A Flint otolaryngologist, Mukkamala views the idea of putting some ACA provisions into state law as an issue that should transcend politics. The Medical Society will actively advocate for the bills in Lansing, he said.
“I think it’s prudent lawmaking to protect our citizens of Michigan in this way, regardless of party,” Mukkamala said. “I don’t see it as a partisan issue. I just see it as wisdom in preparation for what could happen.”
‘A good idea’
As of mid 2019, 11 states had enacted some kind of legislation codifying pre-existing condition protections into their laws, according to a July report from Avalere Health, a Washington, D.C.-based health care consulting firm.
Given the uncertainty of the ACA resulting from the Texas case, “it’s probably a good idea” to have protections at the state level, said Laura Appel, senior vice president and chief innovation officer for the Michigan Health & Hospital Association.
“We would not want to have a number of things happen to people,” Appel said. “You never know what’s going to change at the federal level.”
Prior to the ACA’s passage, the rescission of health coverage, particularly individual policies, was a “very serious problem,” she said. The federal law banned the practice, offering a “huge and important benefit,” Appel said.
“It’s not something that many people experienced, but if you were the one that did, it was just immensely devastating,” she said.
Such a move does have its limitations, however. Employers’ self-funded health plans are regulated by federal law, the Employee Retirement Income Security Act of 1974, and are not subject to state laws.
After the governor’s speech, early response to the idea of securing key elements of the ACA, particularly the part dealing with pre-existing conditions, indicated that “everybody was fairly open to the possibilities,” Appel said.
Consumers have become accustomed to ACA provisions on pre-existing conditions, and data from the governor’s office indicate more than half of Michigan residents have a medical condition an insurer could consider pre-existing, she said.
Broad industry support
The state’s largest health insurer, Blue Cross Blue Shield of Michigan, generally supports the notion of improving the ACA and is willing to look at embedding the elements on pre-existing conditions in state law.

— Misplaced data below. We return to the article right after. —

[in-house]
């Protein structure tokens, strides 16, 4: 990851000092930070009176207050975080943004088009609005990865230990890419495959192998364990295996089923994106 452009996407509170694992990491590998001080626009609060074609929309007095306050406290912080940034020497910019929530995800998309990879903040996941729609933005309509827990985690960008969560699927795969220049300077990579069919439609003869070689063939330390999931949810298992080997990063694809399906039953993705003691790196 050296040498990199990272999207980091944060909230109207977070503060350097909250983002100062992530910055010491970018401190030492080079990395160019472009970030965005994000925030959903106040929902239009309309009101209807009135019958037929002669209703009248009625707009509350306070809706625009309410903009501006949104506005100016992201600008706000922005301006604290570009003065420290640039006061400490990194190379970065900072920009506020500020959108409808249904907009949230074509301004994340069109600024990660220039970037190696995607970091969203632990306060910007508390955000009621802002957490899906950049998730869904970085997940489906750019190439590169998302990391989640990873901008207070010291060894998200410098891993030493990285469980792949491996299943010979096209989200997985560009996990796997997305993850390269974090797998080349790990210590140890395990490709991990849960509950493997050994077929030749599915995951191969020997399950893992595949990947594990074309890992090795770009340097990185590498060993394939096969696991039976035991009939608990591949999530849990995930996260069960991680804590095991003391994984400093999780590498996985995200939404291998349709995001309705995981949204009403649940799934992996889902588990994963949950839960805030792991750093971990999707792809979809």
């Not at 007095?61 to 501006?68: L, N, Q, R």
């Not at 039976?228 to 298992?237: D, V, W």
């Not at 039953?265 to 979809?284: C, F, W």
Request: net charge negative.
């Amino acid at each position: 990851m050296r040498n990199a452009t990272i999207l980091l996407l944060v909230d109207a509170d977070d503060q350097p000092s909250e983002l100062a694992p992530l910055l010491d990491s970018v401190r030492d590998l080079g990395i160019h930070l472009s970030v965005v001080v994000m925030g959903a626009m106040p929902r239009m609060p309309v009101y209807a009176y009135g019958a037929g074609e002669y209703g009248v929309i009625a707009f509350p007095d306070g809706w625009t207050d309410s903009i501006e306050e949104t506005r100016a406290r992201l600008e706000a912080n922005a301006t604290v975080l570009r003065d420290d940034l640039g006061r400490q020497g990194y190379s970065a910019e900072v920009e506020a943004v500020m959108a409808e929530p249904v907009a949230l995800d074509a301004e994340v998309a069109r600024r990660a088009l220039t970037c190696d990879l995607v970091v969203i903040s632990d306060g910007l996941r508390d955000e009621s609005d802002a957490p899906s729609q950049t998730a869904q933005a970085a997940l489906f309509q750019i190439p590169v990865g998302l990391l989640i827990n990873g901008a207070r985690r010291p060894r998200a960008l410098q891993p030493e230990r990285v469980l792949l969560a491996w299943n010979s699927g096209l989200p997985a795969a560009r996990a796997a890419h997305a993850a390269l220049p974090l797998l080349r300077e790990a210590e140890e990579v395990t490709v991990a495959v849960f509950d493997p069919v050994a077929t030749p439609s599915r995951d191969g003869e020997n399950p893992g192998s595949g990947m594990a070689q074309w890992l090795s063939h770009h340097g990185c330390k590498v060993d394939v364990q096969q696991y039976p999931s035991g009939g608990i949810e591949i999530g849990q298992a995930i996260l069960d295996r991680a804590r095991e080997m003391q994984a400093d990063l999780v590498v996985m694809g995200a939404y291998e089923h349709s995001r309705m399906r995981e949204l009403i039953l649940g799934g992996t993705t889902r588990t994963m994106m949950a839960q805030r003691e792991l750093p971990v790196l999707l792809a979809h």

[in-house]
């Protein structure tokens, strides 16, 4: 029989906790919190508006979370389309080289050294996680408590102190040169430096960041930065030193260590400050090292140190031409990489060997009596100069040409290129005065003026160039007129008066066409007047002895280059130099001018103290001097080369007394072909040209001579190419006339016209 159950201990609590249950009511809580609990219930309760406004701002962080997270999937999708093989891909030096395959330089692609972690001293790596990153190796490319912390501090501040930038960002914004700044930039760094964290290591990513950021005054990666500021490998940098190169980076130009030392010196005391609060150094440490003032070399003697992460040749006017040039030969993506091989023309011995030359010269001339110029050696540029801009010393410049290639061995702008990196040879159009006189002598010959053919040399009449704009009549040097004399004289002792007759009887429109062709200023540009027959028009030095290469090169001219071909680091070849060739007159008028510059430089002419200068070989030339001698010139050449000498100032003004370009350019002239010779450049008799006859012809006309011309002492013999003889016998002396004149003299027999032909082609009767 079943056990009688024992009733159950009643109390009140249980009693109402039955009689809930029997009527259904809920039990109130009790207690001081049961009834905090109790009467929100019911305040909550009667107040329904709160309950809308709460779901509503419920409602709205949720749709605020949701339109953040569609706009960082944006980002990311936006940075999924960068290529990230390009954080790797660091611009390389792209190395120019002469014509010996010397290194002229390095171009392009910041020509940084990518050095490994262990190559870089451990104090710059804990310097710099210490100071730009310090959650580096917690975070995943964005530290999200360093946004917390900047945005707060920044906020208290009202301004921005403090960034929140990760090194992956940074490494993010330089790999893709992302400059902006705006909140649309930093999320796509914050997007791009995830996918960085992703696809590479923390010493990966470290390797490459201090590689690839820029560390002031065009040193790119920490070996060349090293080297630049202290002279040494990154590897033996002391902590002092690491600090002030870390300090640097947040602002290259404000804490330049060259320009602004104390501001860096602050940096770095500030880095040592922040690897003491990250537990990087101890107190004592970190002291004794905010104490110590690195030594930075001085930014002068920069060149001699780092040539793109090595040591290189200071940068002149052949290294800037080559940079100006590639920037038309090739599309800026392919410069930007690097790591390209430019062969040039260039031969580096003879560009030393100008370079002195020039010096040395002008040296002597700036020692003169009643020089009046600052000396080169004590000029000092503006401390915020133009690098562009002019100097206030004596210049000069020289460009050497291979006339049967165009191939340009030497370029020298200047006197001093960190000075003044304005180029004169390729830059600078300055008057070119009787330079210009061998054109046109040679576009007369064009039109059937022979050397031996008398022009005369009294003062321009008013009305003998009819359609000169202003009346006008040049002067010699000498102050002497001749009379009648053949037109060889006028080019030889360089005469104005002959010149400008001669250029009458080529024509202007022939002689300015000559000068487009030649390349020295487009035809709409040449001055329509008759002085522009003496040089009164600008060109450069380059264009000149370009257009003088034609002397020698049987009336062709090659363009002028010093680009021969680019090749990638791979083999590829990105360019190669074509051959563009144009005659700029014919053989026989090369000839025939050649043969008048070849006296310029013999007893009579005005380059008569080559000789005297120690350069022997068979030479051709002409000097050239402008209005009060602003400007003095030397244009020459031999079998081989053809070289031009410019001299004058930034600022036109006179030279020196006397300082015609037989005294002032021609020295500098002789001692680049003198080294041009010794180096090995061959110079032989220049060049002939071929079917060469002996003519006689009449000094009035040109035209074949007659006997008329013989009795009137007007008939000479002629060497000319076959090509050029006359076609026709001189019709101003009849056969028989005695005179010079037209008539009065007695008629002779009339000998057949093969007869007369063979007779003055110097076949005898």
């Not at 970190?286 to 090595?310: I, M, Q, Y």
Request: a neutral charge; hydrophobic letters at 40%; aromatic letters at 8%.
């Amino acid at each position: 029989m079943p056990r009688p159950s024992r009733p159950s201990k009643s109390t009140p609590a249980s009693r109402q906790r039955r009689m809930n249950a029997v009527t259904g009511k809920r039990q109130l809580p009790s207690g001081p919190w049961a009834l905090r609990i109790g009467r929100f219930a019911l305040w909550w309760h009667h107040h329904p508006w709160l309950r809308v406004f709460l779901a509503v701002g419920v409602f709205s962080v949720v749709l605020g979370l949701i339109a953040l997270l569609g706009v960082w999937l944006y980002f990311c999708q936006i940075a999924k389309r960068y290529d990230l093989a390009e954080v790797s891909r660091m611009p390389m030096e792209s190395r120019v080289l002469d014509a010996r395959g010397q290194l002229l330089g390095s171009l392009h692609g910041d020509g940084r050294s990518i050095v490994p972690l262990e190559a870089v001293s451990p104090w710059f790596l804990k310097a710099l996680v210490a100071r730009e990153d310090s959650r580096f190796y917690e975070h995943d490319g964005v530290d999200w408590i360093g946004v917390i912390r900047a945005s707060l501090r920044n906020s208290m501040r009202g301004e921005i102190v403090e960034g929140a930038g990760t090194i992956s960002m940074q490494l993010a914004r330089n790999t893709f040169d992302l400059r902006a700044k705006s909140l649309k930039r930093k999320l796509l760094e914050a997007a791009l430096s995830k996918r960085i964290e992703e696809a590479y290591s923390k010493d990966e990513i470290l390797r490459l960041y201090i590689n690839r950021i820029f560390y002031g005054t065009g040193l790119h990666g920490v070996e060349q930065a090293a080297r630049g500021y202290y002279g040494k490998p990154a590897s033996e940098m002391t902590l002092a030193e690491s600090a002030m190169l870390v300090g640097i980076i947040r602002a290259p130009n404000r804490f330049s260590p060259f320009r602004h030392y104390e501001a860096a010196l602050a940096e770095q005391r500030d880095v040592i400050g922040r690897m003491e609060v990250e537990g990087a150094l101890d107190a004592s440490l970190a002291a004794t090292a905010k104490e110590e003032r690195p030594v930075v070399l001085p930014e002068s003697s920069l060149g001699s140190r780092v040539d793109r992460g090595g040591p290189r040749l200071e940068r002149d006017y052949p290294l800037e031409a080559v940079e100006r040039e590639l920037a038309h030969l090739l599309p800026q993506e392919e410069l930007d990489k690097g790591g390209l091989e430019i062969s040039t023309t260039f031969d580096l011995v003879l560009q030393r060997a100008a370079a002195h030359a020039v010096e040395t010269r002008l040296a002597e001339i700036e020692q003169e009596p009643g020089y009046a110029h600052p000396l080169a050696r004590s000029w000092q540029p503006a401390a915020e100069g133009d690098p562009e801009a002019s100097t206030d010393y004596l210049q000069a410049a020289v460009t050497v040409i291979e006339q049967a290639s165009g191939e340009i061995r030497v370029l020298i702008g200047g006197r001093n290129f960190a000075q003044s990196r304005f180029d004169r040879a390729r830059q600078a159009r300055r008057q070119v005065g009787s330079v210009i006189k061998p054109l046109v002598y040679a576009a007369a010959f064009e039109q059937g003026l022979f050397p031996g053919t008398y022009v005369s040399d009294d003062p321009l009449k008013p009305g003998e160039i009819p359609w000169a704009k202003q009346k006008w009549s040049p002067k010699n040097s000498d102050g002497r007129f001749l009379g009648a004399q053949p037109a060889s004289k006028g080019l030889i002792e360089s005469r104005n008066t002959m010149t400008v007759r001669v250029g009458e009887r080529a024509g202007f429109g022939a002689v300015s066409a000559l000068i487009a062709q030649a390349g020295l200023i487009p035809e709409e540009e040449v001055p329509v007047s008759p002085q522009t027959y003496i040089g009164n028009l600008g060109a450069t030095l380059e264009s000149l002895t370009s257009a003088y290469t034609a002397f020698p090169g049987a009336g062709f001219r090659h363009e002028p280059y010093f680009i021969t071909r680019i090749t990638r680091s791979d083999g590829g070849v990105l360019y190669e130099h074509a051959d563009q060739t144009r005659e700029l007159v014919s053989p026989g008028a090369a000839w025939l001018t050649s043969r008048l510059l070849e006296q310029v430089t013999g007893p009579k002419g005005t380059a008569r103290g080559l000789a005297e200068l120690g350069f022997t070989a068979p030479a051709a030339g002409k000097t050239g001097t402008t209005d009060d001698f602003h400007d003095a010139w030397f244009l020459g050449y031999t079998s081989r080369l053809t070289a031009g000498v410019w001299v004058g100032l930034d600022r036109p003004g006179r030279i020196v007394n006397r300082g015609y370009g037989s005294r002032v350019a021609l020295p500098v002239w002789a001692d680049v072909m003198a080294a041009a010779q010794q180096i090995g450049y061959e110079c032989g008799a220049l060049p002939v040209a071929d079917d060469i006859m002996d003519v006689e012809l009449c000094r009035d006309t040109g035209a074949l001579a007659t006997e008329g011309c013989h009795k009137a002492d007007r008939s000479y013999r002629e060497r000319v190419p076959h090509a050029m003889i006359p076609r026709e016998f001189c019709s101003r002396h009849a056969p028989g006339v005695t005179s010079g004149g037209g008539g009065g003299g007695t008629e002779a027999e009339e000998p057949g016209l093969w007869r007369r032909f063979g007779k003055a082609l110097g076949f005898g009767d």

“Blue Cross has long supported access to care and coverage for all, including people with pre-existing conditions,” Andy Hetzel, Blue Cross Blue Shield of Michigan’s vice president of corporate communications, wrote in an email to MiBiz. “We support bipartisan efforts in Congress to stabilize the ACA, including efforts to protect people with pre-existing conditions and continue federal subsidies to help people better afford their individual coverage. We would similarly support efforts at the state level to provide security for people with pre-existing conditions in accessing coverage from all health insurers operating in our state.”
Prior to the ACA, Blue Cross Blue Shield of Michigan was the “insurer of last resort” in Michigan that under state law had to accept everyone who applied for coverage, regardless of health status. That changed with the federal law’s provision for an issue guarantee required of all health insurers.
The Michigan Association of Health Plans, which represents HMOs in the state, hopes “to work with the governor and the Legislature on evaluating any and all health care reform proposals they might have,” said Executive Director Dominick Pallone.
Some aspects of the ACA are also already included in state law. They include the right for a consumer to seek an independent review when a medical claim is denied or to resolve other disputes, and similar methods to set rates for health policies, Pallone said.